Study: Jokes Can Indeed Be 'Too Soon'

Hurricane humor was least funny 15 days after the event, and funniest 36 days after.
Son of Groucho/flickr

Problem: Humor is a real and helpful coping strategy. From the darkest depths of despair, a joke may rise. The risk there, of course, is that everyone may not find it funny, that a joke, even one intended to release a little tension in the aftermath of something traumatic, might come across as inappropriate. You may be met with a narrowing of the eyes and a contemptuous “Too soon.”

But when, exactly, is a joke too soon? Can it be too late? They say comedy is tragedy plus time, but how much time? What is the exact best moment to deploy your joke for maximum laughs? Researchers at the University of Colorado Boulder and Texas A&M University mapped this out for the benefit of nervous jokesters everywhere.

Methodology: A total of 1,064 participants took an online survey at various times before, during, and after Hurricane Sandy made landfall on October 29, 2012. “Although most tragedies are unanticipated, hurricanes permit a full exploration of the humor derived from tragedy because they are tracked and publicized before they inflict harm,” the researchers reasoned.

I’m actually just going to quote the study’s own description of its methodology here, because it’s adorably academic: “Participants responded to three tweets (i.e., short messages) posted on the website twitter.com, by an account titled @AHurricaneSandy about the approaching storm (e.g., ‘‘JUS BLEW DA ROOF OFF A OLIVE GARDEN FREE BREADSTICKS 4 EVERYONE’’; Figure 1).”

Participants then rated how funny they thought the tweets were, as well as how offensive, upsetting, boring, irrelevant and confusing.

Results: The researchers divided the surveys into “during crisis” and “after crisis.” The day before the storm made landfall, people thought the tweets were pretty funny—they didn’t yet know it would be a tragedy. Over the next nine days, as people learned the extent of the damage, perceived humor declined. Participants found the tweets least funny 15 days after Sandy’s landfall.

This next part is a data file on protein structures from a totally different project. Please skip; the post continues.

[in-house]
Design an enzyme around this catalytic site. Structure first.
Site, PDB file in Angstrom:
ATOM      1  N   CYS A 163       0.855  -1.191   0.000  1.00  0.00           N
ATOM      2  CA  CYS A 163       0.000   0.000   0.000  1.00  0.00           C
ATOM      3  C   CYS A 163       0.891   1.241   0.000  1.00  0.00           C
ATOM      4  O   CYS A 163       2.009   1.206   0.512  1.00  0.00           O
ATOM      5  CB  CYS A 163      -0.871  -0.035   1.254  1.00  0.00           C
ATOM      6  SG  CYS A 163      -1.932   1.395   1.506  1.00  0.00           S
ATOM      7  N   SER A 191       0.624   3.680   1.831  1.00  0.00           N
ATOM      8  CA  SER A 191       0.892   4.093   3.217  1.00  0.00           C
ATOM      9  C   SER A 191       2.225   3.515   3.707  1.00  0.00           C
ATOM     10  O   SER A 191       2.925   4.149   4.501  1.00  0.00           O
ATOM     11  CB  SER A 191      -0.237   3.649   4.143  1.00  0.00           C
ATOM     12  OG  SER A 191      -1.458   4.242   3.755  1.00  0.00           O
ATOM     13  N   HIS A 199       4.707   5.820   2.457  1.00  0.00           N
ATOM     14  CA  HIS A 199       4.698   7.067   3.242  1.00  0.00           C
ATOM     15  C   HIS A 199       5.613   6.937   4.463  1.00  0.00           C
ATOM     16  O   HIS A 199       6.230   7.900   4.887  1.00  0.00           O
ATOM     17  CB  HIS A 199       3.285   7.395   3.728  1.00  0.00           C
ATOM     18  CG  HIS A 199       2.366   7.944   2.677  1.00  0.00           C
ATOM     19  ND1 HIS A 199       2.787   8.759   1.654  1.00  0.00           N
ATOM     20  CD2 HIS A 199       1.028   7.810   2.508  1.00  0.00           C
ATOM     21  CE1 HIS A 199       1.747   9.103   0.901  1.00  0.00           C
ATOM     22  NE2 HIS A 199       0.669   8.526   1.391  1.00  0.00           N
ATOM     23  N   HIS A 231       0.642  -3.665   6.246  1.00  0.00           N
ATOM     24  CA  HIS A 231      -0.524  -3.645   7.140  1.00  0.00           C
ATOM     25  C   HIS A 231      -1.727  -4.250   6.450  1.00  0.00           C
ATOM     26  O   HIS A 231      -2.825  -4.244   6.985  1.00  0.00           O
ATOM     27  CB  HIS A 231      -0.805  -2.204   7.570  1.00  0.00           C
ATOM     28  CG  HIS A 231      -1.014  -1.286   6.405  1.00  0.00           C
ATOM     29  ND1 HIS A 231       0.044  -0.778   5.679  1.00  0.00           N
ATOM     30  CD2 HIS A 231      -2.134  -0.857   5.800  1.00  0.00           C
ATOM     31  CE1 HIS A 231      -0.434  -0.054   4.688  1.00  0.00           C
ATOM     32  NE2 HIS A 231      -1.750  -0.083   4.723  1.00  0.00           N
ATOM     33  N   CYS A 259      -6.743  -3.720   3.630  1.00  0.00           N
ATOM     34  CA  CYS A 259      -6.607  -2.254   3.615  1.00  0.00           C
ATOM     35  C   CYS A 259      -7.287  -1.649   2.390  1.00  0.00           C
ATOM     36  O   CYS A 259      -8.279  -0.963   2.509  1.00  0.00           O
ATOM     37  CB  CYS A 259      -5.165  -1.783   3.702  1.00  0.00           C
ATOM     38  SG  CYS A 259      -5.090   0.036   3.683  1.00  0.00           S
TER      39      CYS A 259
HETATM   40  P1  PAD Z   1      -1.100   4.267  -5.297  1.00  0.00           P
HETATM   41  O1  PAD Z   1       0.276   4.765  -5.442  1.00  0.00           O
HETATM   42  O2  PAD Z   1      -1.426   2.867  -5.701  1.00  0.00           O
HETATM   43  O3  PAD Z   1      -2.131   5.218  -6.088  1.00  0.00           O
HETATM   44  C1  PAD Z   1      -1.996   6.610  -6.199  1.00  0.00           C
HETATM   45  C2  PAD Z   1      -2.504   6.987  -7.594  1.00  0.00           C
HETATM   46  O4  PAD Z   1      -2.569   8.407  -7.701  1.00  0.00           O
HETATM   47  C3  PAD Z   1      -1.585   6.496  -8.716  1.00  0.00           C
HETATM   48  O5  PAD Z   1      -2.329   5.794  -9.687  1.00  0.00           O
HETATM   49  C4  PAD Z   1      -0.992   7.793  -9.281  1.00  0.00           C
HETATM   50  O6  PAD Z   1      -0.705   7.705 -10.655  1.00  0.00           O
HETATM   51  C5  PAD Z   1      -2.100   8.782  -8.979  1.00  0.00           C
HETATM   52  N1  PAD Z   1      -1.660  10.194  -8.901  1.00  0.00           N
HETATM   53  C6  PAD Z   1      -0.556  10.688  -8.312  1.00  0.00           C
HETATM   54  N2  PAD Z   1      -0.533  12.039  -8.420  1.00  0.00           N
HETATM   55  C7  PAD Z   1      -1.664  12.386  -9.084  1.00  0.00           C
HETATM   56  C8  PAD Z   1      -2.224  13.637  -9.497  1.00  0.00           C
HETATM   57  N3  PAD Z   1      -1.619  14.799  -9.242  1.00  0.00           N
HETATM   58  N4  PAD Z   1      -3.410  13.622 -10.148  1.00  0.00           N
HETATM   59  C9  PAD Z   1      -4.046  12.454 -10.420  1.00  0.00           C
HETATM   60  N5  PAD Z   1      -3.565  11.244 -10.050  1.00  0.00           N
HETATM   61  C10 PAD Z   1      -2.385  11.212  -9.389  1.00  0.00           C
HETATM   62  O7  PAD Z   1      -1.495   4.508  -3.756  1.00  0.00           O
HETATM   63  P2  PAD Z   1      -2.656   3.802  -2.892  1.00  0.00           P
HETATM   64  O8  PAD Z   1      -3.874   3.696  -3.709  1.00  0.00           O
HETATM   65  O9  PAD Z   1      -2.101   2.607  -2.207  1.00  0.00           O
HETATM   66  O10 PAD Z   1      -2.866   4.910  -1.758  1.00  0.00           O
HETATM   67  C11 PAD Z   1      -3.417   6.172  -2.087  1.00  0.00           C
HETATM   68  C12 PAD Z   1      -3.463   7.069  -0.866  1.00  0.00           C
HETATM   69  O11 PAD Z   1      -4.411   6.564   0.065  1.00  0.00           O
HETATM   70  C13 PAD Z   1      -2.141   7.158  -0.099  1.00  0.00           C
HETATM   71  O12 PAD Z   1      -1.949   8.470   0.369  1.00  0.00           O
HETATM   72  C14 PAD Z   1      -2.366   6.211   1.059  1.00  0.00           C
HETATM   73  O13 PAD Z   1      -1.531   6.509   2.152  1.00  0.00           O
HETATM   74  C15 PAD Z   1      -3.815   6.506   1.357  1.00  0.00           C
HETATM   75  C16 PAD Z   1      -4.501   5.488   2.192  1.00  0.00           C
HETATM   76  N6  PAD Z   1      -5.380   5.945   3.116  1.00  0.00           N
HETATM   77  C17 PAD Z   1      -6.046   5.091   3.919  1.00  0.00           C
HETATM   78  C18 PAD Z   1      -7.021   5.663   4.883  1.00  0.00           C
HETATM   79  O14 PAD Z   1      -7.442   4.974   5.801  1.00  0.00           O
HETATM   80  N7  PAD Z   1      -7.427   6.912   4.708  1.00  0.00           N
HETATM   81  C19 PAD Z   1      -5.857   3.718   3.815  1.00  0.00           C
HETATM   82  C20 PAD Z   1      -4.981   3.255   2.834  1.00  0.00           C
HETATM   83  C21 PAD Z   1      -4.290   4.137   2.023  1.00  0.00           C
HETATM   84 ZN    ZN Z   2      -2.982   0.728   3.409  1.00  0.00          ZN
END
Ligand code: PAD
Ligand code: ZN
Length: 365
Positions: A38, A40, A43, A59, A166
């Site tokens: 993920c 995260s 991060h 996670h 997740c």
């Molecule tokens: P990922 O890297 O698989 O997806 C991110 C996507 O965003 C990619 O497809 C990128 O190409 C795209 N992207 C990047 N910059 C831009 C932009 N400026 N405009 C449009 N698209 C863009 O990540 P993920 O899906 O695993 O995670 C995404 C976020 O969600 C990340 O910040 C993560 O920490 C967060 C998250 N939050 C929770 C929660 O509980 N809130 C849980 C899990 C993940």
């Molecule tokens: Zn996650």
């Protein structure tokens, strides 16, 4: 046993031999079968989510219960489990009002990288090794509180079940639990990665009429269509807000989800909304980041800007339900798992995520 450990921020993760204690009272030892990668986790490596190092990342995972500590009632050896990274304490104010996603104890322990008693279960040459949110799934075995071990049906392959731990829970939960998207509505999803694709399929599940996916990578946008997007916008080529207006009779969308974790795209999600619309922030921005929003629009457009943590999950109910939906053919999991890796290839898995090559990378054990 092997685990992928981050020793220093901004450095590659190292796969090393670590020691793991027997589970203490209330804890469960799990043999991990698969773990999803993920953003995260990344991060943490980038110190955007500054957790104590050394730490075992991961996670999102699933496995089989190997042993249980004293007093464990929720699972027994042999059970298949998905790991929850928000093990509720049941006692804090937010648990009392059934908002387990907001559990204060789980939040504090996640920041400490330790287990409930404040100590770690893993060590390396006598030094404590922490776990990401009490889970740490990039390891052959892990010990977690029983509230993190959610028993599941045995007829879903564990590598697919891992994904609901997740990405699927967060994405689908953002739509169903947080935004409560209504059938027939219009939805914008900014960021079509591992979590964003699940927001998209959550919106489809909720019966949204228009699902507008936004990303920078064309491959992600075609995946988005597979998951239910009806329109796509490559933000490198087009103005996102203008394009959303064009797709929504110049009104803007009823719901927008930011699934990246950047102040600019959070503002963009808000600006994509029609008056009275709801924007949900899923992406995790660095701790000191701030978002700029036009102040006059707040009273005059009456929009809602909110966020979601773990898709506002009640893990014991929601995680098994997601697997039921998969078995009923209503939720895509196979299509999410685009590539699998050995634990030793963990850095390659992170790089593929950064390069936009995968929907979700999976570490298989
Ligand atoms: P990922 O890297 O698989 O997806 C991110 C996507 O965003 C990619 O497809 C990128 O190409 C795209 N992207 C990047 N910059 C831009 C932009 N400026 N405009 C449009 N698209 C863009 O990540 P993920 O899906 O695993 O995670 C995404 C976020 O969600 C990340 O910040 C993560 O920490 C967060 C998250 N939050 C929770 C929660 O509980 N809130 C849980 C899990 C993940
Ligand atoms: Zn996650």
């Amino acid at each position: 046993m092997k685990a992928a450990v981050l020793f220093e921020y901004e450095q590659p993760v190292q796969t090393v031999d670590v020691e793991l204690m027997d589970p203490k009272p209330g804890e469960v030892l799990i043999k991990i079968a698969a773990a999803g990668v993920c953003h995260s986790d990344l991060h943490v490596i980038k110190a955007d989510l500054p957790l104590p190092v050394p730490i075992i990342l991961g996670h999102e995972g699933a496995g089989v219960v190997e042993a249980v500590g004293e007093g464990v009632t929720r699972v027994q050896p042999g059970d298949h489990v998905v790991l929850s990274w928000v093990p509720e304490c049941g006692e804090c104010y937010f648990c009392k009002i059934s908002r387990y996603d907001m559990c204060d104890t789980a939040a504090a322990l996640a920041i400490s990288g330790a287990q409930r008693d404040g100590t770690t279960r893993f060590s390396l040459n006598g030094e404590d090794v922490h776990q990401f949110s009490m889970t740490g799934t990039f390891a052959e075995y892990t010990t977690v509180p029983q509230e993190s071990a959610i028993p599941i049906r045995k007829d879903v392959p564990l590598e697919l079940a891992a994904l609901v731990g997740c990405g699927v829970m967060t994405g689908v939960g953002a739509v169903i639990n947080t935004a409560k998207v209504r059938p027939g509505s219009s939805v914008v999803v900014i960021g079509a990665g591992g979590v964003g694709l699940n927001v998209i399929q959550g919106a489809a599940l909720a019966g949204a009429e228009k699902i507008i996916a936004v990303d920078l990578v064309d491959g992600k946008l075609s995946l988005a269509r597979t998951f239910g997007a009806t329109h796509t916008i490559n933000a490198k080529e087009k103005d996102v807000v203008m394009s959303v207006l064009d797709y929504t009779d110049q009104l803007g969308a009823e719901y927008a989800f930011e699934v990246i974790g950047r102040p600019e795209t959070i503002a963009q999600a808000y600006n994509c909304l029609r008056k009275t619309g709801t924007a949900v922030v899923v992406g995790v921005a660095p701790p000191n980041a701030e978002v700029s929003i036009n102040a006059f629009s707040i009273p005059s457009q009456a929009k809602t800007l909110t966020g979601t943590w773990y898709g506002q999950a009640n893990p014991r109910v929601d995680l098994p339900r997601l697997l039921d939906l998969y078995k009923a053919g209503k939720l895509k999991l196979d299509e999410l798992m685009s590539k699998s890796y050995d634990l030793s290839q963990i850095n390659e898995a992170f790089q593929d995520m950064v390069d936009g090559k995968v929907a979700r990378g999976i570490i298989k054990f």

Then, it slowly started to be “okay” to find humor in the situation again, leading to a high point of humor 36 days after landfall. Humor fell again after that, and researchers saw another low point 99 days after the disaster. The study also showed that during the first dip in perceived humor, participants found the tweets more offensive.

Implications: “Most humor theories have difficulty accounting for evidence that distance sometimes helps and sometimes hurts humor,” the researchers write. “We find that temporal distance creates a comedic sweet spot. A tragic event is difficult to joke about at first, but the passage of time initially increases humor as the event becomes less threatening. Eventually, however, distance decreases humor by making the event seem completely benign.”

They also posit that when a joke seems offensive, it’s because there is a perceived threat, and that “threat reduction” enhances humor. That explains why the jokes were funniest about a month after the disaster, when the danger had passed. But jokes about something less traumatic than a hurricane could be funny sooner:  “More tragic events, such as a devastating hurricane, should take longer to become sources of humor than less tragic events, such as a drenching downpour.” So if the thing you want to joke about is less tragic than a hurricane, you probably don’t have to wait a whole month.


The study, "The Rise and Fall of Humor: Psychological Distance Modulates Humorous Responses to Tragedy," appeared in Social Psychological and Personality Science.

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Julie Beck is a senior associate editor at The Atlantic, where she oversees the Health Channel.

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